The Short Version
Los Angeles Times Bestselling author Patricia Smiley writes a mystery series featuring business consultant and amateur sleuth Tucker Sinclair. Her short fiction has appeared in Ellery Queen Mystery Magazine and Two of the Deadliest, an anthology edited by Elizabeth George.
Patty has taught writing classes at various conferences, including the Surrey International Writers Conference in British Columbia, the Jackson Hole Writers Conference in Jackson Hole, Wyoming and the Book Passage Mystery Conference in Corte Madera, California. She served on the Board of Directors of the Southern California Chapter of Mystery Writers of America and as president of Sisters in Crime/Los Angeles.
The Long Version
I was born and raised in Yakima, Washington, where my mother taught me to love books and where I fell in love with mysteries while on my first adventure with Trixie Belden. After graduating from Eisenhower High School and attending classes at Yakima Valley College, I transferred to the University of Washington in Seattle where I majored in Drama but ultimately received my B.A. in Sociology. While in college I learned that acting is fun, but sociology is practical.
In my first job out of college, I worked as a group supervisor in detention at the King County Juvenile Court in Seattle where I learned to cuss and be paranoid. After four years of honing my skills, I got an opportunity to work at the Washington State Legislature in Olympia where my knowledge of cussing and especially my paranoia came in very handy.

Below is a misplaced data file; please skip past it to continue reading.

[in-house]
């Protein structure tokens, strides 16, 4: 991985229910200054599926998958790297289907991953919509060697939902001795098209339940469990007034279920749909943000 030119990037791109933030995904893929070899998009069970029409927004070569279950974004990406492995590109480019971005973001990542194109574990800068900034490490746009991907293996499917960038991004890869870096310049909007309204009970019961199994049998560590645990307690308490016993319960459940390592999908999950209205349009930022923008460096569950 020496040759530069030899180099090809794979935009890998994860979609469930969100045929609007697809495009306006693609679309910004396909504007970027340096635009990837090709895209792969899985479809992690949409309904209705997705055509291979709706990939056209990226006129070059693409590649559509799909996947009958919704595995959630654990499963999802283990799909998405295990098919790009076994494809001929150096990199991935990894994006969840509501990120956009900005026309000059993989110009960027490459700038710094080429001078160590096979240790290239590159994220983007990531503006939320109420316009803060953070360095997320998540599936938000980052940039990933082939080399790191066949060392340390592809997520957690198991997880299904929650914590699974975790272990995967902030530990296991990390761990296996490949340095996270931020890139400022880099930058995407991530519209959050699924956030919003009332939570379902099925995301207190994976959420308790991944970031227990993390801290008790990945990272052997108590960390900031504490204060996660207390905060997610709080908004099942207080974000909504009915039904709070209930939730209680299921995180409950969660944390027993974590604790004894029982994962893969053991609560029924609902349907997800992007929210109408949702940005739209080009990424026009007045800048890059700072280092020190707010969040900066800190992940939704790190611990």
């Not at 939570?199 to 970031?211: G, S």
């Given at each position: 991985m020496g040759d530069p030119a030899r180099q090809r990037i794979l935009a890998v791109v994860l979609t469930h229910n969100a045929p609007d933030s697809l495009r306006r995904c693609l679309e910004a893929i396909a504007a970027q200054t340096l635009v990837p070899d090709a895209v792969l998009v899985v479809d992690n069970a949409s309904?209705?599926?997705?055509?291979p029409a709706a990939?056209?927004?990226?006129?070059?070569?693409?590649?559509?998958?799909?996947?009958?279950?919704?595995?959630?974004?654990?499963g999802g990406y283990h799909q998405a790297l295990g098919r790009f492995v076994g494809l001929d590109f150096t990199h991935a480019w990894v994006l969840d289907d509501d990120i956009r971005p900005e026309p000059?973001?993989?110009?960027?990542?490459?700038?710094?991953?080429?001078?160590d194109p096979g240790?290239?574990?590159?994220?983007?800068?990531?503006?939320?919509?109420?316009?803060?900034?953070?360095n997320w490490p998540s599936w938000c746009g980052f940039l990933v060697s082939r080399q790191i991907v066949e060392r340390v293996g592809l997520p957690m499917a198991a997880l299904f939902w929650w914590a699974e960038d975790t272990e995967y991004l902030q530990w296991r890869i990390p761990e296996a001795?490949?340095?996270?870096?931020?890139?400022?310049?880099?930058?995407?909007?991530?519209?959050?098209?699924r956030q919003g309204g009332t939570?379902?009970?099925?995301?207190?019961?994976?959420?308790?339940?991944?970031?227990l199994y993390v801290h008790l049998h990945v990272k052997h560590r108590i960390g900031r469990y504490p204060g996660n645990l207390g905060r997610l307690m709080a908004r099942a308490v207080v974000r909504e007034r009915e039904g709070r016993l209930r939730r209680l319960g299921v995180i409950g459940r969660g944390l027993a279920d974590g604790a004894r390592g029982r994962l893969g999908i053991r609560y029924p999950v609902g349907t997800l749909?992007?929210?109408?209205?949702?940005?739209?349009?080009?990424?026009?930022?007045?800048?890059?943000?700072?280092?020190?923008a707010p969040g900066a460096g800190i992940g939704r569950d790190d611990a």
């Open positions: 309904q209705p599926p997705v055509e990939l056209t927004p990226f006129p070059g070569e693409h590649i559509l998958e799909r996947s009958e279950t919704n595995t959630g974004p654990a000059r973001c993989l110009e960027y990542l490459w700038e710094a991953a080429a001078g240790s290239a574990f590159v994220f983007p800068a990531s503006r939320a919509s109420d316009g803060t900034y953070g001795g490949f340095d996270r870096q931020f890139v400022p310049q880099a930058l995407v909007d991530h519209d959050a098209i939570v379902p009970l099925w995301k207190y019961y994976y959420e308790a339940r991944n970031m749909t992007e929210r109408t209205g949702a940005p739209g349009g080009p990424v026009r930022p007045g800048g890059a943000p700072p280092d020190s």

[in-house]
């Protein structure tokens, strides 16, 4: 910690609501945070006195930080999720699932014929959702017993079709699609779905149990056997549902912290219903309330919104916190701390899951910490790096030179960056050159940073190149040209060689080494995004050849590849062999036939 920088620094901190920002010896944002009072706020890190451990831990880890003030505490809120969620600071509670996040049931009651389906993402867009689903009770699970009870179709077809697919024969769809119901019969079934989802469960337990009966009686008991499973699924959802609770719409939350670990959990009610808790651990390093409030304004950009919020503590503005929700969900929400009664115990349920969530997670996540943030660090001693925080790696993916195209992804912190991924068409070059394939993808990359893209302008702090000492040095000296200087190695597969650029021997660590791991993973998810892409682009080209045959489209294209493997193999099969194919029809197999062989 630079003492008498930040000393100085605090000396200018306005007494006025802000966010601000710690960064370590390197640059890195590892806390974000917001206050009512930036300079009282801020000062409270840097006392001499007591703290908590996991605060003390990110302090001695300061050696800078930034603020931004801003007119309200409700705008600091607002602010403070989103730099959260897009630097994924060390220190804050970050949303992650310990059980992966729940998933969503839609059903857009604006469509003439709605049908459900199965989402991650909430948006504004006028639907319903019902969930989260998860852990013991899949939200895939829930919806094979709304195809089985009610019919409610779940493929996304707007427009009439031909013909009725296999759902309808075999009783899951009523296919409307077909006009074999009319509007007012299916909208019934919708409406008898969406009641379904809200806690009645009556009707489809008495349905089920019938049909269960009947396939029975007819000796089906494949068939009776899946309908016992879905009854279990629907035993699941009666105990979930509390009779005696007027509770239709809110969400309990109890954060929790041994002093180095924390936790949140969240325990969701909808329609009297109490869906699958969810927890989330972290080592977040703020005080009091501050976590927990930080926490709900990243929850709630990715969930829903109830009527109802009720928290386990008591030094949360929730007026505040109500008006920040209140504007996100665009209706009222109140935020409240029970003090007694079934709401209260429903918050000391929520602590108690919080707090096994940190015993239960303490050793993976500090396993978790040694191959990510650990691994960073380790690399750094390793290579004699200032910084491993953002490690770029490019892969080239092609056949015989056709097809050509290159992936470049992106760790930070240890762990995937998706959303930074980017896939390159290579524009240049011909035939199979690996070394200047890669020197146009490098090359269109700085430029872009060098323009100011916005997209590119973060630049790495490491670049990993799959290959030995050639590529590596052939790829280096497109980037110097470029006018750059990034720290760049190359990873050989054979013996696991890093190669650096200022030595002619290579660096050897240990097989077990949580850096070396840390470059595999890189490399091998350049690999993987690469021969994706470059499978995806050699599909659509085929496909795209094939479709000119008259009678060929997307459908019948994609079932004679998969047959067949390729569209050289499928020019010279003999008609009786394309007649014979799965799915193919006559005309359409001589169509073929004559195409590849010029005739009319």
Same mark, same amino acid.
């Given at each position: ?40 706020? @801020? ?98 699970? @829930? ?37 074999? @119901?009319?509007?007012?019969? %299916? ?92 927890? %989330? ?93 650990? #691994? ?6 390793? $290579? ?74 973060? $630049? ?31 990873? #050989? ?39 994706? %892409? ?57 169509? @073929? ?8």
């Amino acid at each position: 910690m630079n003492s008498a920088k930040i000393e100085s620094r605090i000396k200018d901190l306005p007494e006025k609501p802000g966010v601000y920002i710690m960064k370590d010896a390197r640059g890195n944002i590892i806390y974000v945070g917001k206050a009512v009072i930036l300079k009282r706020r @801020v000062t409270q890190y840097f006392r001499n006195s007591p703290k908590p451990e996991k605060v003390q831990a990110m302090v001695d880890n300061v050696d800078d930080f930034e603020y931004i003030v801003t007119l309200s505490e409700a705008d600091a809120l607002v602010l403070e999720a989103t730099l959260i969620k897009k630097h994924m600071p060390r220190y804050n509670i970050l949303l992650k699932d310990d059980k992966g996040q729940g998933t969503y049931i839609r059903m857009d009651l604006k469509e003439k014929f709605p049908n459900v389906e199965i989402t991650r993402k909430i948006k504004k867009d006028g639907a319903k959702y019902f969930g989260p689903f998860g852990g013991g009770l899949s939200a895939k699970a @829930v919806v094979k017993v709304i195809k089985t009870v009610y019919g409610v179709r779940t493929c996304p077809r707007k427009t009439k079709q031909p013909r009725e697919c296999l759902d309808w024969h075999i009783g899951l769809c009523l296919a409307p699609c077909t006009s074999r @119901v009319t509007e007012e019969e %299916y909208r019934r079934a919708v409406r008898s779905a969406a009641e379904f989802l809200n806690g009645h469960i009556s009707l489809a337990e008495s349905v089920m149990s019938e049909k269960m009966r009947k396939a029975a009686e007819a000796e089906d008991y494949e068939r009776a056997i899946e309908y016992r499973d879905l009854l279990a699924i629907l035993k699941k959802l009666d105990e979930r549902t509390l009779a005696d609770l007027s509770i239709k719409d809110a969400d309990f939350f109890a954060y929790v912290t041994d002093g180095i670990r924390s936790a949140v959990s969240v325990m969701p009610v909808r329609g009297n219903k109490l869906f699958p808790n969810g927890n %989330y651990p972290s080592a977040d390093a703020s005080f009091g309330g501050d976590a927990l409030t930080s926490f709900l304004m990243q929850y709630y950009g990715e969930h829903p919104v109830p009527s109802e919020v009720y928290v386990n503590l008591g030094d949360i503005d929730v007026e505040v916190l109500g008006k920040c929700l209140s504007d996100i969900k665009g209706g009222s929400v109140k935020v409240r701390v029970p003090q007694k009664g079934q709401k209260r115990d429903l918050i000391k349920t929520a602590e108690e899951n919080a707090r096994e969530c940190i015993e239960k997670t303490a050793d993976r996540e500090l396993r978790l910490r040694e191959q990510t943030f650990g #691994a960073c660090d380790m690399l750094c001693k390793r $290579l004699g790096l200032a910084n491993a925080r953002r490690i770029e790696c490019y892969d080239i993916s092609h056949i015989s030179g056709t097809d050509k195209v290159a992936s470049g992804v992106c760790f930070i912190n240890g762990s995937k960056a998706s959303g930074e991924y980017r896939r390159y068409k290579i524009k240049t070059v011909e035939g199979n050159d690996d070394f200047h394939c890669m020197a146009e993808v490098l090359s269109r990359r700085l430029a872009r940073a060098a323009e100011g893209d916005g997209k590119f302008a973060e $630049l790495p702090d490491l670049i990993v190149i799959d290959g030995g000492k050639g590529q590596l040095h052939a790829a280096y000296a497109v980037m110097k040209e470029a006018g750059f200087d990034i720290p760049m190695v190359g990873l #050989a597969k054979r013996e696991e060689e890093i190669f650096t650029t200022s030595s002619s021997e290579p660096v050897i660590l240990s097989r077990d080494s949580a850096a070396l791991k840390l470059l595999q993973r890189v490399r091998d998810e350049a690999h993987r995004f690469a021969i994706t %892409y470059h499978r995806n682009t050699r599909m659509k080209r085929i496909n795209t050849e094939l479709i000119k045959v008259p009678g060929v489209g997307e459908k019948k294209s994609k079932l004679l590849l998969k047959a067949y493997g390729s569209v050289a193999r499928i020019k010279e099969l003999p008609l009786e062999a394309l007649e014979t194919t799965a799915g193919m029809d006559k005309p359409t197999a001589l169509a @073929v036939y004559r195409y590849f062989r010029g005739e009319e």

Returning to Seattle I accepted a job as the manager for reservation sales for a major cruise line where I learned to say: "You're in the wrong city. The ship leaves from Vancouver, Canada, not Vancouver, Washington."
After exhausting all the lessons to be learned in Seattle, I headed for sunny California where I worked as general manager for an L.A. temporary personnel service and did some acting on the side. Needless to say, the lessons I learned while acting cannot be printed here.
I finally decided that perhaps the lessons I was learning were the wrong lessons. So I went to graduate school at Pepperdine University in Malibu, California and received an MBA, with honors. While in the program, I discovered something that changed the course of my life: I wanted to write a novel and not just any novel but a mystery novel, and not just any mystery novel but a mystery novel set in L.A. "Why do you want to write about L.A.?" people asked. "It's so...been done before." But by this time I had fallen in love with the city. Almost every day it made me laugh, grimace, and shake my head in amazement. One thing it never did was bore me. What's more, no one had written about my L.A., at least not in the way I experienced it. So I wrote my first novel, FALSE PROFITS, and by doing so, learned that sociology may be practical, but writing is definitely much more fun.
News article about Patty and her mentor Elizabeth George
Paula Woods article written for the Los Angeles Times, which quotes Patty